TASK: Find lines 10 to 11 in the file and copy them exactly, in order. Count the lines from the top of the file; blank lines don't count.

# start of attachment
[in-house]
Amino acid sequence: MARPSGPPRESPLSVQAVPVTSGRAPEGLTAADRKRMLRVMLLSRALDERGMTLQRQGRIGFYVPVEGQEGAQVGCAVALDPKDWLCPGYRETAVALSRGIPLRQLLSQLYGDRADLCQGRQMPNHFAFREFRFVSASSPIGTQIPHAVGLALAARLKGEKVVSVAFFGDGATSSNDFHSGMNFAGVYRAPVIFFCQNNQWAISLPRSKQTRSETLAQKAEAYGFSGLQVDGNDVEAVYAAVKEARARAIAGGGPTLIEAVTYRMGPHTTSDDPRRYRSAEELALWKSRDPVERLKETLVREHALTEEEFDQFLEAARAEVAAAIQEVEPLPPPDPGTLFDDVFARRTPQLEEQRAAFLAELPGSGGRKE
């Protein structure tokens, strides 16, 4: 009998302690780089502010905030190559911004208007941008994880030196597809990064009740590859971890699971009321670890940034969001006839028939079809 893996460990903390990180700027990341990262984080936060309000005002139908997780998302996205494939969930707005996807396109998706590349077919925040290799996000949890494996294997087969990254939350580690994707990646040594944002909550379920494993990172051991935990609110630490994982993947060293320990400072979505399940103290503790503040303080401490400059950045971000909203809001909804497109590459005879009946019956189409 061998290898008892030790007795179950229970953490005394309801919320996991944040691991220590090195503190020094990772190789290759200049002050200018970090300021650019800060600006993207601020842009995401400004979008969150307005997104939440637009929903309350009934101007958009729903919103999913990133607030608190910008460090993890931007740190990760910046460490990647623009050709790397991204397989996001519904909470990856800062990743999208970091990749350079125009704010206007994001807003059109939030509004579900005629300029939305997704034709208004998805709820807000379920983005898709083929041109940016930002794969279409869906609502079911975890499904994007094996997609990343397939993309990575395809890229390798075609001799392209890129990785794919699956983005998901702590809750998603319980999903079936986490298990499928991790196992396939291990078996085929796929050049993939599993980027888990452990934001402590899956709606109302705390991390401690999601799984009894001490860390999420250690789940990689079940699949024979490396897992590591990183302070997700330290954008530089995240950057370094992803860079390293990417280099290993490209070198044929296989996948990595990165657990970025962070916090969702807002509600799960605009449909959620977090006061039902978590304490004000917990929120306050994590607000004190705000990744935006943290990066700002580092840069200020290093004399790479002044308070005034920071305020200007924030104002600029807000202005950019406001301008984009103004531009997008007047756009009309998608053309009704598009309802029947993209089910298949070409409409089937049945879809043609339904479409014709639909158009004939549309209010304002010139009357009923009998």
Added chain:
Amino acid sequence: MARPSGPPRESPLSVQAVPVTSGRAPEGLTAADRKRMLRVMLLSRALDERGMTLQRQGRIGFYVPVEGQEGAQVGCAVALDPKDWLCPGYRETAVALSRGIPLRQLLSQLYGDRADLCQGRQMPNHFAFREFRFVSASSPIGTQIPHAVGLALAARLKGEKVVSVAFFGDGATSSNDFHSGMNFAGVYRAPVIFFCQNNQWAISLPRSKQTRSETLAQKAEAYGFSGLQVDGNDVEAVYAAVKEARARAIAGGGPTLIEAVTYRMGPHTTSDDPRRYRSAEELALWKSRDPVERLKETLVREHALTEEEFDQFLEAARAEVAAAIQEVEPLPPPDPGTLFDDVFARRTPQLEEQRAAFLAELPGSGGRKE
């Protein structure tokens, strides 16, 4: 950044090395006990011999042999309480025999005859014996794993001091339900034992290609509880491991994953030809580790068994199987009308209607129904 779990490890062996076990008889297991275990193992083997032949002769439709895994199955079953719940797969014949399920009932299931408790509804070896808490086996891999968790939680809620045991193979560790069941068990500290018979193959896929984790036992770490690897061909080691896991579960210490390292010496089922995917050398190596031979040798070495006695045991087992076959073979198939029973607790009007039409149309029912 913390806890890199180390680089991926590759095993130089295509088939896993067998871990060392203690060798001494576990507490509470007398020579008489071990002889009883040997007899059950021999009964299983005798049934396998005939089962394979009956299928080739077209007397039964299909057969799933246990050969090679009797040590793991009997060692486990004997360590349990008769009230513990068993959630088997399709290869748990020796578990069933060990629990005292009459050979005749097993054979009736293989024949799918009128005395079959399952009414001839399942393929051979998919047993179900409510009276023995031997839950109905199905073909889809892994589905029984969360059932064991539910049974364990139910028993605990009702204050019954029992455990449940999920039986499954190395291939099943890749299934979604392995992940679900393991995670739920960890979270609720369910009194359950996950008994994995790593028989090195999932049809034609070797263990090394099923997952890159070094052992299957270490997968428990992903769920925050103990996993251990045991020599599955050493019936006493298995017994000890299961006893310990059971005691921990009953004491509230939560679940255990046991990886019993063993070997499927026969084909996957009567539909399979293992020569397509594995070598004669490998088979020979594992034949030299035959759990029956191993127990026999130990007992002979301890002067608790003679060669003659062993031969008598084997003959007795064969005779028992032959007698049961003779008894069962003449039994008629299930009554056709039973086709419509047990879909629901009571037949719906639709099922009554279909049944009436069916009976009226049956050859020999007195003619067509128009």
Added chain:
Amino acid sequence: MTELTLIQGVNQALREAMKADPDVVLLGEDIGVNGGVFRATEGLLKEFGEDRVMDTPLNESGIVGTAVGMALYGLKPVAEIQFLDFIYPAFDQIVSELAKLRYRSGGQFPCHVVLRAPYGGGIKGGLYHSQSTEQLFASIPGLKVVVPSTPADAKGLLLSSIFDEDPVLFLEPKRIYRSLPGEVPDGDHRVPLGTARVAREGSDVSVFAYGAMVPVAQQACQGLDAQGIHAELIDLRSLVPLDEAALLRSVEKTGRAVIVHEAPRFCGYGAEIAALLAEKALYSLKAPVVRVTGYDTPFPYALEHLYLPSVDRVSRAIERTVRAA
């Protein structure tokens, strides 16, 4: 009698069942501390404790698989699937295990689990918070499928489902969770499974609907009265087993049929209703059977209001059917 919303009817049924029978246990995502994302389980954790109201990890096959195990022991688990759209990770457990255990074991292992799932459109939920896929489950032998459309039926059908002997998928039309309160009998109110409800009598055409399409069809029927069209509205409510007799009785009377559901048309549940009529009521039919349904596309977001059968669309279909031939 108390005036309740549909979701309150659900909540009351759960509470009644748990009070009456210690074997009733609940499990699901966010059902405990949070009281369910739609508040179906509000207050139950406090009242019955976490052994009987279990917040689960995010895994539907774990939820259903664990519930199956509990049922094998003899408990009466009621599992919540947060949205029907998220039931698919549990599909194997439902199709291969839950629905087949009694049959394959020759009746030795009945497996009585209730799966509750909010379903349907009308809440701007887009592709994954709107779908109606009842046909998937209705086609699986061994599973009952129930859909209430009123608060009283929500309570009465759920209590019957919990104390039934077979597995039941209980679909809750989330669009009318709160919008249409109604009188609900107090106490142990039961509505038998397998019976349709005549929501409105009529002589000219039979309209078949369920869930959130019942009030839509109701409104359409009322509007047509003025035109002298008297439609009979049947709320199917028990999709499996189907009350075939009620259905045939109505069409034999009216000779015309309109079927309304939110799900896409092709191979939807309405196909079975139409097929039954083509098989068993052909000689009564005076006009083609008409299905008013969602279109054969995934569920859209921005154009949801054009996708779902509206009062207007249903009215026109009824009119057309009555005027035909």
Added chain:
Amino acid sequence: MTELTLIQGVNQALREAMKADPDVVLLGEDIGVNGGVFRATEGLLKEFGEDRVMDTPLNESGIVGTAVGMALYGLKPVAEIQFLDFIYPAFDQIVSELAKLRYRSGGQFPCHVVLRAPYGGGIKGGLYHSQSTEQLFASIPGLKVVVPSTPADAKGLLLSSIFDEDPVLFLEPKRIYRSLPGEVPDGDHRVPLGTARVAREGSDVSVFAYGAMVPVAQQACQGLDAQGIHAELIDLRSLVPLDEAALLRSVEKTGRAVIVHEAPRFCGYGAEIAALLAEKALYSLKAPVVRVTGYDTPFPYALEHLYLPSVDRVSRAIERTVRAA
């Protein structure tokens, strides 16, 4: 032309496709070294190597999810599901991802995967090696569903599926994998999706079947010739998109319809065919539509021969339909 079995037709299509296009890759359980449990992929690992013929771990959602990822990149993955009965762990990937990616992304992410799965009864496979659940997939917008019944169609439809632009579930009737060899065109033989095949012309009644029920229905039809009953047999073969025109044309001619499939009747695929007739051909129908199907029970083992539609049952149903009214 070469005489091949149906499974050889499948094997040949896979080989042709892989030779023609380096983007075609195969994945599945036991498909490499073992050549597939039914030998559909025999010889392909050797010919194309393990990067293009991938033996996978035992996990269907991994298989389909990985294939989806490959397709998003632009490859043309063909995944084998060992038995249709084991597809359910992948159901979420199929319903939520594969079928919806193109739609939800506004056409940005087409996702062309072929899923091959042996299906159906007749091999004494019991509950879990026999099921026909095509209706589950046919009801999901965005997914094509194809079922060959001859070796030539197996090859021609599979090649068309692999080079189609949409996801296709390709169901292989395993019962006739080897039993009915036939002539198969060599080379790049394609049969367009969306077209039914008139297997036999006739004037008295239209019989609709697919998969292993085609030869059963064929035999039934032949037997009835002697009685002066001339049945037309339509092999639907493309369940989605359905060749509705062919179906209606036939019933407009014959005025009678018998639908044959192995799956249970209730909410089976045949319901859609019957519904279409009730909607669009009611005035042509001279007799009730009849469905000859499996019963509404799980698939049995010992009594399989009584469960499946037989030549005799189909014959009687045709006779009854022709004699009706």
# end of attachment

Added chain:
Amino acid sequence: MTELTLIQGVNQALREAMKADPDVVLLGEDIGVNGGVFRATEGLLKEFGEDRVMDTPLNESGIVGTAVGMALYGLKPVAEIQFLDFIYPAFDQIVSELAKLRYRSGGQFPCHVVLRAPYGGGIKGGLYHSQSTEQLFASIPGLKVVVPSTPADAKGLLLSSIFDEDPVLFLEPKRIYRSLPGEVPDGDHRVPLGTARVAREGSDVSVFAYGAMVPVAQQACQGLDAQGIHAELIDLRSLVPLDEAALLRSVEKTGRAVIVHEAPRFCGYGAEIAALLAEKALYSLKAPVVRVTGYDTPFPYALEHLYLPSVDRVSRAIERTVRAA